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Women need to be more active in promoting their construction skills

Jean Sorensen
Women need to be more active in promoting their construction skills
GC GROUP OF COMPANIES — Equity is a new word and concept for many, says GC Group president and CEO Linell Grudnitzki, as more women are moving forward into construction management.

Gaining equity in construction is a movement and women have to be actively championing their skills, says a Saskatchewan construction company owner and female trailblazer who has founded a group of companies that holds contracts with some of the province’s largest corporations.

“When I think of equity, inclusion and diversity, it is really a movement and to get it into the places it needs to get into, we all really need to be made aware of it,” said Linell Grudnitzki, CEO and president of the GC Group of companies.

The group includes GC Construction, GC Powerline Construction, GC Consulting and LG Mining Services.

Within its first year, Grudnitzki positioned GC Construction to become one of a few companies on a prestige list that can hold SaskPower Standard Protection Code Permits. With that, GC Construction is currently the only female-owned company in the construction, distribution and transmission space that does procurements for SaskPower.

Grudnitzki, who is the active founder of Saskatchewan Women in Trades on Facebook and a public speaker at universities, technical institutes and schools, said keeping a low profile is not helping women enter the trades or starting their own construction-related businesses.

Much of creating success is showing others it can be done, Grudnitzki said, adding others then think, ”she is doing it and I can too.”

She urges organizations to create awards for women in construction.

“We need to be showcasing the people who are doing it, so that others will also do it,” she said.

Grudnitzki is not asking contracts be handed to women or her company – just a level field that lets all aspects of diversity play in fair competition. She has spent eight years working in construction and three years heading up her own group of companies.

“I ask for the work because I am deserving. I use the term ‘equity deserving,’” she said, adding she brings both work experience and successful achievements and wants to see the construction industry lose an attitude that one has to fit into a traditional male mold.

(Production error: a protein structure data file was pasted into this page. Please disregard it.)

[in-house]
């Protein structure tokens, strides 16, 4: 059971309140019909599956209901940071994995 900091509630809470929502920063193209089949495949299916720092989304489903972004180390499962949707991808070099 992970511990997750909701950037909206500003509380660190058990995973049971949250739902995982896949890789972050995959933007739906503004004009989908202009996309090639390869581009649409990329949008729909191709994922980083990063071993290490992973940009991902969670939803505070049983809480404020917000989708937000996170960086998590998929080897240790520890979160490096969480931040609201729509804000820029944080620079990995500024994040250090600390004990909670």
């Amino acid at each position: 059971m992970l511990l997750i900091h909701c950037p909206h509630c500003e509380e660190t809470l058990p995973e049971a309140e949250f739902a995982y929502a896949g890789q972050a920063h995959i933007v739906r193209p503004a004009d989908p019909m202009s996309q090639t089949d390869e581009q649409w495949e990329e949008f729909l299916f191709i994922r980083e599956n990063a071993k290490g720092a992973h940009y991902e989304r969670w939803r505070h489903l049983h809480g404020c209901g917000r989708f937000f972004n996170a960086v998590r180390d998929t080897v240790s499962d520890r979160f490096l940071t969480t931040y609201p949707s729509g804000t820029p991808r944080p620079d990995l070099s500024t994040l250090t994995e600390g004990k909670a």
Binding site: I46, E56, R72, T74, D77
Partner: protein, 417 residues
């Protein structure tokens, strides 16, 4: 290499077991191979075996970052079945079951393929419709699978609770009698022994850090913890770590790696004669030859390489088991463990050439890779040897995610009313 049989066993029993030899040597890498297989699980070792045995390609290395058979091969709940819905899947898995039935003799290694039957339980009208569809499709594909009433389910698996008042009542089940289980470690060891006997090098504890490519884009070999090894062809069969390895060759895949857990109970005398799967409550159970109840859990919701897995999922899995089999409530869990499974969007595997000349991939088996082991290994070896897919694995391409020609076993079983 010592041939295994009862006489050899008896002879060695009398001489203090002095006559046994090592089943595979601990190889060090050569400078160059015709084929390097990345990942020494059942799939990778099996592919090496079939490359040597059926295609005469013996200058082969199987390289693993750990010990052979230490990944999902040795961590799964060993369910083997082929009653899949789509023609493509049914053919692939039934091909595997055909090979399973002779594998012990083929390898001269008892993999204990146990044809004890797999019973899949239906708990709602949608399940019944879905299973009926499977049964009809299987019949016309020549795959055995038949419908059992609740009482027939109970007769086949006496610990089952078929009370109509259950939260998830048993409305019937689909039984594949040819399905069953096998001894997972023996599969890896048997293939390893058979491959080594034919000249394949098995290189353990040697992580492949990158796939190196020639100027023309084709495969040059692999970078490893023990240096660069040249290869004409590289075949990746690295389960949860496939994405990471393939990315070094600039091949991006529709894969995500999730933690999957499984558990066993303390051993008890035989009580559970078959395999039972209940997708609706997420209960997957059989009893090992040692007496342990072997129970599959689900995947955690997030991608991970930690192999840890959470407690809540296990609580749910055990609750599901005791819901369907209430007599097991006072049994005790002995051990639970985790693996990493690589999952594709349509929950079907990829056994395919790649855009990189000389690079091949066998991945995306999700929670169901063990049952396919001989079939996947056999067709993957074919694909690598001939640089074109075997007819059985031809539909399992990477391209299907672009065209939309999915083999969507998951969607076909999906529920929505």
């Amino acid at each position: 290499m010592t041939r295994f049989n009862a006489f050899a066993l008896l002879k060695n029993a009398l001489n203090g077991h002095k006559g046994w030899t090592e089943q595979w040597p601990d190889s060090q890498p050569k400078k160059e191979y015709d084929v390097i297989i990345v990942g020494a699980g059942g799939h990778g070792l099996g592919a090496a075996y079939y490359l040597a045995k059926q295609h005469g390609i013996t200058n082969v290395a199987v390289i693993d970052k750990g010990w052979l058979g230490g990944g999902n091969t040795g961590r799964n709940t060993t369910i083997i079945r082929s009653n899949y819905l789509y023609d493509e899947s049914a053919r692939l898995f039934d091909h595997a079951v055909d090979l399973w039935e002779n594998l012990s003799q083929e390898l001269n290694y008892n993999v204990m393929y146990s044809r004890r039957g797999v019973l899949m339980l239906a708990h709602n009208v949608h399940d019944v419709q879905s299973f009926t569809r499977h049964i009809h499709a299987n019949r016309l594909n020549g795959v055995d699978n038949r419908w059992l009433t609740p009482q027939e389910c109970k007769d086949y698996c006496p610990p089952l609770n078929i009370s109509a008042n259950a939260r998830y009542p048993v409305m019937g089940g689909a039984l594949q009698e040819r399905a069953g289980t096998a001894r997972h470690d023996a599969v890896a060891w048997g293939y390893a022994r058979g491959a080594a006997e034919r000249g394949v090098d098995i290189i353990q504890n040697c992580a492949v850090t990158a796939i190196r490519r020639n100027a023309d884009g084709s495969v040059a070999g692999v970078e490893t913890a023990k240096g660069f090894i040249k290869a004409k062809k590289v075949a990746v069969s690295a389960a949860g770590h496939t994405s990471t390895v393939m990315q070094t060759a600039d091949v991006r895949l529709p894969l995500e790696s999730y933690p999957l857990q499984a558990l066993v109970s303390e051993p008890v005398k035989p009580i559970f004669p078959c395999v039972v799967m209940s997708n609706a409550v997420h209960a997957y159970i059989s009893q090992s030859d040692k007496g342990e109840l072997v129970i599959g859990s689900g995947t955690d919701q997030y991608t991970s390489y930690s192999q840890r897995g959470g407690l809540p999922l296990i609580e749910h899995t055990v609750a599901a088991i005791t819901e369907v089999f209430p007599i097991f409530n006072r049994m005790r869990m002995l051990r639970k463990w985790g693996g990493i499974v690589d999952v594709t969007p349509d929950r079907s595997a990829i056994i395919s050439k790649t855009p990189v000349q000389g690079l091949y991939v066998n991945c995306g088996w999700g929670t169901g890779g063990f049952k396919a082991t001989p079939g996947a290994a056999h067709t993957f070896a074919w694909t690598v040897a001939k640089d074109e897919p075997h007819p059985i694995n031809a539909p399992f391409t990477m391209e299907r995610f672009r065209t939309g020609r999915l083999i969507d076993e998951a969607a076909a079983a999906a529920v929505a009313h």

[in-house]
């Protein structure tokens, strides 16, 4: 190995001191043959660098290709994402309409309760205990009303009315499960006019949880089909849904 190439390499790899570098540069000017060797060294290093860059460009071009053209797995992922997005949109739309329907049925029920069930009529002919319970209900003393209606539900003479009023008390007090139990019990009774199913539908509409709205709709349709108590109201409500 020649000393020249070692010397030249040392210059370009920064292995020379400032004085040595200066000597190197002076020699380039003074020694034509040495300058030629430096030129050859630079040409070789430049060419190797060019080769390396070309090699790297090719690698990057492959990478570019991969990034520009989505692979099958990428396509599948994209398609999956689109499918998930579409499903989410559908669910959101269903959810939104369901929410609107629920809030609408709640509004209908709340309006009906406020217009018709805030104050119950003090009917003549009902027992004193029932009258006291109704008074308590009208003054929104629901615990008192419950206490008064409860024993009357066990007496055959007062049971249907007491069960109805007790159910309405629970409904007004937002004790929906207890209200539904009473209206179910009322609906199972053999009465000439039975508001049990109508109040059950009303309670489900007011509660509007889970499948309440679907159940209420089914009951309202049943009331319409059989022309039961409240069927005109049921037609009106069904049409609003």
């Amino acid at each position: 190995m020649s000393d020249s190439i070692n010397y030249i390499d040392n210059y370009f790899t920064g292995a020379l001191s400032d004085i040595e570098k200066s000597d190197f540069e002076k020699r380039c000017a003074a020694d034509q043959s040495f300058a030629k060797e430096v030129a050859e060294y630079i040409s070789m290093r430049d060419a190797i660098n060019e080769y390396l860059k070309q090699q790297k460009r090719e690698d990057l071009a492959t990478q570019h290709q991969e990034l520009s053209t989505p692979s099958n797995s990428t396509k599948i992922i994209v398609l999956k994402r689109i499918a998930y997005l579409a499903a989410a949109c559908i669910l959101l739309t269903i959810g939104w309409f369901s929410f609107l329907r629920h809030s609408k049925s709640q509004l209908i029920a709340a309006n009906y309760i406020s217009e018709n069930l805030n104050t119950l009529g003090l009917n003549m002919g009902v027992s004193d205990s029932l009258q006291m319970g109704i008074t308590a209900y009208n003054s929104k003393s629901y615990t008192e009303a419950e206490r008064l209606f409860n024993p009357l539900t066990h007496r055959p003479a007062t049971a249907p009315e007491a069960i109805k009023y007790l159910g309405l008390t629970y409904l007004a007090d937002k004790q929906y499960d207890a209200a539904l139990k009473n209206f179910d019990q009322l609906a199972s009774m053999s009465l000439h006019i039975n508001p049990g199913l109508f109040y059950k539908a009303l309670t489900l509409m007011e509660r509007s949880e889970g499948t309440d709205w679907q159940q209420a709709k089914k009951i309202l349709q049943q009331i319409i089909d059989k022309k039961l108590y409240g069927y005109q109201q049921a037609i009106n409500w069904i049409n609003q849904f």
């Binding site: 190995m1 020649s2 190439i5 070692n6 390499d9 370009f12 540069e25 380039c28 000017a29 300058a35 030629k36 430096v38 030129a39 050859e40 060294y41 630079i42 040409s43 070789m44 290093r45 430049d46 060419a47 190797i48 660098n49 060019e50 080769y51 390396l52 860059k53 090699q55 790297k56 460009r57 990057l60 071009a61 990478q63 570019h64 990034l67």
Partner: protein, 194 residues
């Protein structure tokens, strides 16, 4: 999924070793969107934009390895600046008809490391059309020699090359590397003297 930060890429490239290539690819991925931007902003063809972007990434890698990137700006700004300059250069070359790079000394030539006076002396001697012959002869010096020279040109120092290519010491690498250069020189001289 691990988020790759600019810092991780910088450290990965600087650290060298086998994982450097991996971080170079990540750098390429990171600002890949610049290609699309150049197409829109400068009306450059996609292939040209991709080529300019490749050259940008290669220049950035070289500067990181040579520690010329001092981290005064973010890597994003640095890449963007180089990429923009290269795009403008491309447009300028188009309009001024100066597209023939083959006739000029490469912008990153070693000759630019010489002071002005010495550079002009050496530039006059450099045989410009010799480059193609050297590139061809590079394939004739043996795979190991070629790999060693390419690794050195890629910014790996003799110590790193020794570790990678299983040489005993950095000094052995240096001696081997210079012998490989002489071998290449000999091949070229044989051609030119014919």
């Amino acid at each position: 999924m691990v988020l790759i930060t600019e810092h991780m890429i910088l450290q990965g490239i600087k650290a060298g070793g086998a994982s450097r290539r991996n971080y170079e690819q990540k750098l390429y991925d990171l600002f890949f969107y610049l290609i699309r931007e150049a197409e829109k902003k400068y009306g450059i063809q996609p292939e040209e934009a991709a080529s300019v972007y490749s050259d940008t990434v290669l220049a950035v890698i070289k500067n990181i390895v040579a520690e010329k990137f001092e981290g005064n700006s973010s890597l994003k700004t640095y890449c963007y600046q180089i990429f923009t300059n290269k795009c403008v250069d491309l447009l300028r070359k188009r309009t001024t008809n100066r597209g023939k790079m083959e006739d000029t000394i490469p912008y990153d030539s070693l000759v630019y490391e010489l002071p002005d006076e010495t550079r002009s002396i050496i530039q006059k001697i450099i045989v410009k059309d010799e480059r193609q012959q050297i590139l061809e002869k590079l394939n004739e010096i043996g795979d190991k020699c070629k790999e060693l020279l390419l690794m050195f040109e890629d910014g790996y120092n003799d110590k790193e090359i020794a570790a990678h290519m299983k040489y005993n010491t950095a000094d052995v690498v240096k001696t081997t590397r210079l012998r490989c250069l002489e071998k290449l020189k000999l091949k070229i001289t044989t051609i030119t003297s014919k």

“Equity is a new word and concept for many.”

She maintains women bring their own unique qualities to the workplace.

“Women lead differently,” she said, as they are used to multi-tasking and employ a broader approach to a management style. “We take a holistic approach. That doesn’t mean we are any better – just different.”

She networks with her team leaders on a daily basis but places confidence in them to make decisions regarding project problems that arise. 

She only intercedes when necessary. 

“If I make all the decisions,” she said, “Then I am not growing the team.”

Companies in Saskatchewan need to grow their teams, she said, as the feedback from governments and municipalities is that there is a tremendous amount of work coming into the marketplace and construction companies are and will be struggling to find skilled workers and contract managers.

Labour statistics in Saskatchewan show only seven per cent are women in construction with only four per cent doing work with hands-on tools.

As Grudnitzki speaks to young people, she lets them know construction does pay well. 

A Red Seal lineman technician can earn six digits in a year.

“Starting wage — without any overtime — is around $75,000 a year, but it is more like $120,000 that person earns,” she said.  

Women Entrepreneurs of Saskatchewan (WESK) is a strong organization, which has helped Grudnitzki and other women wanting to become entrepreneurs.

Grudnitzki said WESK has approached many of the province’s government and leading corporations to sign onto an agreement that they will subscribe to equity, diversity and inclusion in contracting work.

As well, WESK helps entrepreneurs move forward and can provide up to $150,000 in funding to help with equipment purchases, a business plan and mentorship.

Grudnitzki started her own company because she felt she could improve upon what the marketplace offered.

“I knew the potential clients,” she said, “I knew they were not getting a safe and quality product.”

For women wanting to establish a business, those are important factors. Knowing the market, the clients, and one’s ability to do better are all basics. As well, she said, make sure your credit record is spotless, your business plan is thorough and you have the business acumen to track your costs, she said.

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